5 Things Hawaii: Q&A with Rep. Belatti, Vaccine exemptions, Winnie Suen

A big mahalo to Emily Boerger, Sara Gentzler, Marjie High and Emily Viles, who together make up our content team with me at State of Reform! With your support, through your conference attendance and participation, State of Reform continues to grow in an era of shrinking newsrooms. So, a big mahalo to you, too, for reading our stuff and attending State of Reform in January.

Your support is meaningful.

 


With help from Emily Boerger

 

 

1. Health care legislative wrap-up

Over the course of session, lawmakers introduced over 3,000 bills, and about 300 bills ultimately passed both chambers. With last week marking the end of the 2019 legislative session, Reporter Emily Boerger rounded up a list of notable health care legislation passed this year.

The list includes: a bill that invests $21.6 million in addressing homelessness, Kupuna Caucus legislationa bill described as an “intermediate step to implementing a full Medicaid buy-in program,” and legislation to increase adoption and access to telehealth services across the state. You can find the rest of the list here.

 

2. Q&A: Rep. Della Au Belatti

Rep. Della Au Belatti represents House District 24 and is a member of both the House Health Committee and the Human Services and Homelessness Committee. As the House Majority Leader, she’s also one of the most influential and most respected members in the chamber.

We caught up with Rep. Belatti this week to discuss how session shaped up in terms of health care and where Hawaii’s health policy conversation is headed next, in this Q&A. “It was a very good year for Hawaii. We passed some significant bills that continue to lead in the nation, I think, on making sure that we are improving our health care system and making sure that access to care is strong,” said Belatti.

3. Vaccine exemptions on the rise

A new report from the Hawaii Department of Health on school immunization exemptions shows that exemption rates have continued to rise. This comes as measles outbreaks continue throughout the U.S., with 764 cases in 23 states as of May 3rd

So far, Hawaii has been spared from measles, but officials worry that such easily obtainable exemptions represent a public health danger. While many states have considered stronger vaccination requirements in 2019, SB 203, which would give pharmacists the ability to administer vaccines, was the only vaccine-related bill that made it through the Hawaii Legislature this session.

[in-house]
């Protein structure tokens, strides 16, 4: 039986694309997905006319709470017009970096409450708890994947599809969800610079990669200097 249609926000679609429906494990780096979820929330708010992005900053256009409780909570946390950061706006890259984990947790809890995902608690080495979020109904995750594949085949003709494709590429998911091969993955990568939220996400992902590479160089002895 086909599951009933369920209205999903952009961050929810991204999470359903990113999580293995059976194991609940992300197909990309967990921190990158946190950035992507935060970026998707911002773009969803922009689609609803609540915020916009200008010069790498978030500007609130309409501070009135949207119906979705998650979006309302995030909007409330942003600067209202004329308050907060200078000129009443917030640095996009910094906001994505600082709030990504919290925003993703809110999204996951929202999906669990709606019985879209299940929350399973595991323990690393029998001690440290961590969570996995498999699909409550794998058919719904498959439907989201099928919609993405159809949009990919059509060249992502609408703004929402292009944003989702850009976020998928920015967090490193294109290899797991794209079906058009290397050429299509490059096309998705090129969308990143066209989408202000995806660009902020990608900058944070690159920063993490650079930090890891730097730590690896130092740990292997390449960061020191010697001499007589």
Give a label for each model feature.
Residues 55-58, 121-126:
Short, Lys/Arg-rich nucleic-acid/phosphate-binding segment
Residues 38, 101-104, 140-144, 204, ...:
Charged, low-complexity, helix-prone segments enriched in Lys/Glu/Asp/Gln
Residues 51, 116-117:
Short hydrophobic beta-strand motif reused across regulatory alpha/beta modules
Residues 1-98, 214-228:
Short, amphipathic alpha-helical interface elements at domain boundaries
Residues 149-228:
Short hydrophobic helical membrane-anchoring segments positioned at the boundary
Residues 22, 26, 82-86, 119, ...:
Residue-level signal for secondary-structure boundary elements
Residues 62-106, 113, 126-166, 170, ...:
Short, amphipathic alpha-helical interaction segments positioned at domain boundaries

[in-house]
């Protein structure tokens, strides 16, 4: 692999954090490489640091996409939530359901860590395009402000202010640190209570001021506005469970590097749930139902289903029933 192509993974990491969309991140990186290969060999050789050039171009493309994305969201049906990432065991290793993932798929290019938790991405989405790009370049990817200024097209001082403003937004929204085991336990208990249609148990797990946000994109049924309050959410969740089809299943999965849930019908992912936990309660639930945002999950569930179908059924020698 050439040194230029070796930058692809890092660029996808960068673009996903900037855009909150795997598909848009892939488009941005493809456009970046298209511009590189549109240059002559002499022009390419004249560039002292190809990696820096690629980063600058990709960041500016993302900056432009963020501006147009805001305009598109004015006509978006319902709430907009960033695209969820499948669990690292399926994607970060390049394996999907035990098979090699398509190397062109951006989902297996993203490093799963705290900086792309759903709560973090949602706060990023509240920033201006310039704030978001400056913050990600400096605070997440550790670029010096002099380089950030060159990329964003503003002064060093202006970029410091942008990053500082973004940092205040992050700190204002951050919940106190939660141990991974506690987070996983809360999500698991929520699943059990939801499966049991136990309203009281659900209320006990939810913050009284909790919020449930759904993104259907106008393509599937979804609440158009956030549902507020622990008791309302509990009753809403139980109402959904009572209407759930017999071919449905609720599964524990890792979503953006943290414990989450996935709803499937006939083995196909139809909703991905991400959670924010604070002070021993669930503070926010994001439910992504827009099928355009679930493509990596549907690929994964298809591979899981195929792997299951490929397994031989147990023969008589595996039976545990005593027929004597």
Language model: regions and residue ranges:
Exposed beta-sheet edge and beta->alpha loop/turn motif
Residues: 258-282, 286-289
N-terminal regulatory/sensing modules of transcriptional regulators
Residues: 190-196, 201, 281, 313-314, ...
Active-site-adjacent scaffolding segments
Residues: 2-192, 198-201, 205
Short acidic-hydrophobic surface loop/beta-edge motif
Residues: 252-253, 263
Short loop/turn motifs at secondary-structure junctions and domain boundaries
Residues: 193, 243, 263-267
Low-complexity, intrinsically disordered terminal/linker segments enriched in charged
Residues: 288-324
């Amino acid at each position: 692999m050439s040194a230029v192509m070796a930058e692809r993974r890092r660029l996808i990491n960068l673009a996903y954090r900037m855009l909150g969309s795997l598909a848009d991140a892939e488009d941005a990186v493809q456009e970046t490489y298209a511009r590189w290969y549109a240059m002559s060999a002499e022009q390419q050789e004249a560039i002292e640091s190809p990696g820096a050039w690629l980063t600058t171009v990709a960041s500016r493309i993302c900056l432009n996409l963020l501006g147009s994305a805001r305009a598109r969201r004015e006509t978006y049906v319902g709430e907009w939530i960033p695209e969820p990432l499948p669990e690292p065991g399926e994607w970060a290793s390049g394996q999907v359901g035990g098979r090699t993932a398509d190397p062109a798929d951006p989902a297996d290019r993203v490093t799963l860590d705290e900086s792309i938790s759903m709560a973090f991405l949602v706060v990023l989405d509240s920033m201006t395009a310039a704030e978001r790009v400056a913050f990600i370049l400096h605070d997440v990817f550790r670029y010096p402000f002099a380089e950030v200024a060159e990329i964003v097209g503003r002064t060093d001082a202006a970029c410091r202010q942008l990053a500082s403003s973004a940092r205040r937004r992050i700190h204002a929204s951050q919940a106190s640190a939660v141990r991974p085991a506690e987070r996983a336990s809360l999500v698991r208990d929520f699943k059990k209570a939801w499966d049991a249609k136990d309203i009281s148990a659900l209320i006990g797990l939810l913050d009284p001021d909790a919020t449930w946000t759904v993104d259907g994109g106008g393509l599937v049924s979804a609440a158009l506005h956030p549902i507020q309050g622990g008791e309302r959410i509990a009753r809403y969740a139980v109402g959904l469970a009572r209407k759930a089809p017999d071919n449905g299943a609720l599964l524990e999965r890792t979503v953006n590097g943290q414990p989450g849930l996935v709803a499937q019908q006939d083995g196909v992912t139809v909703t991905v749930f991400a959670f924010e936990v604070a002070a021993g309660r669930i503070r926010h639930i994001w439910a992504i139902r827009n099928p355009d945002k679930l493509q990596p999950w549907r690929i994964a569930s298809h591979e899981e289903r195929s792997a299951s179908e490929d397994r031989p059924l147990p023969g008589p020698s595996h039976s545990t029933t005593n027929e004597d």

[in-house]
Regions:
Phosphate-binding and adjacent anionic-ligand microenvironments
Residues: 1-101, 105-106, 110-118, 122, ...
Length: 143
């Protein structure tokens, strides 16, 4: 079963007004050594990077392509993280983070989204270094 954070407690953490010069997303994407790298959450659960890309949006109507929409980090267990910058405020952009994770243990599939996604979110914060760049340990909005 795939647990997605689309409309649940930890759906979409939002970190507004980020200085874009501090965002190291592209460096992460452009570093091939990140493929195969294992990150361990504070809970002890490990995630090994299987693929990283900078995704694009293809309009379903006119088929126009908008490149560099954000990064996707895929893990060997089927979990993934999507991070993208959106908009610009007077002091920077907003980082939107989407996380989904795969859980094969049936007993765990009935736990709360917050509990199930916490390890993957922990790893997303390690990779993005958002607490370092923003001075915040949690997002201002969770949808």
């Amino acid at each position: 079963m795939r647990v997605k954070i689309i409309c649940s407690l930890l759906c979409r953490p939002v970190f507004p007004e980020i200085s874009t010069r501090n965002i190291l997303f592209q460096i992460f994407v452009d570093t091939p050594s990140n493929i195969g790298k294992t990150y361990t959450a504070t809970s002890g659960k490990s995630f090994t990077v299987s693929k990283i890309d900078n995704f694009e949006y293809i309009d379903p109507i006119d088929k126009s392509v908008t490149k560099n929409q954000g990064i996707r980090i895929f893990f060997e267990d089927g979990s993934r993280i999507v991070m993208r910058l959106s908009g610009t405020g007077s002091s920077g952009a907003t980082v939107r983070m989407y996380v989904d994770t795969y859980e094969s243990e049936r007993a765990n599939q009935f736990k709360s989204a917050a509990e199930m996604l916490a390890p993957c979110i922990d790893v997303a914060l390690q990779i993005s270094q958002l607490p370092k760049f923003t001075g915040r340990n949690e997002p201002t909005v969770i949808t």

4. Video: Winnie Suen, Queen’s Health Systems

Winnie Suen is the Chief Medical Officer, QCIPN, at the Queen’s Health Systems. She joins us in this edition of “What They’re Watching” to discuss the Medicare Shared Savings Program.

“Because insurances are changing so much and coming up with different ideas and programs that they could try out, [physicians are] a little leery right now. Like, what does this mean for me right now and does participating in this mean I can’t participate in this other program? And how do the programs work together? And I think that’s a valid concern because sometimes we create programs in silos and may not figure out that there are interactions that we need to consider.”

 

5. “Medicare for All” and its price tag

Last week, “Medicare for All” legislation received its first Congressional hearing. The hearing, which attracted a great deal of partisan debate, discussed many of the unanswered questions regarding the shift from a patchwork payer model across various lines of business, to a single-payer health care system. Reporter Emily Viles covered the hearing here.

Following the hearing, the Congressional Budget Office released a report suggesting the process of creating such a plan could be more difficult than originally anticipated. The report explained how a single-payer system could be constructed, how it could be paid for, and some of the challenges that lawmakers face in establishing rules and regulations for the Medicare for All model.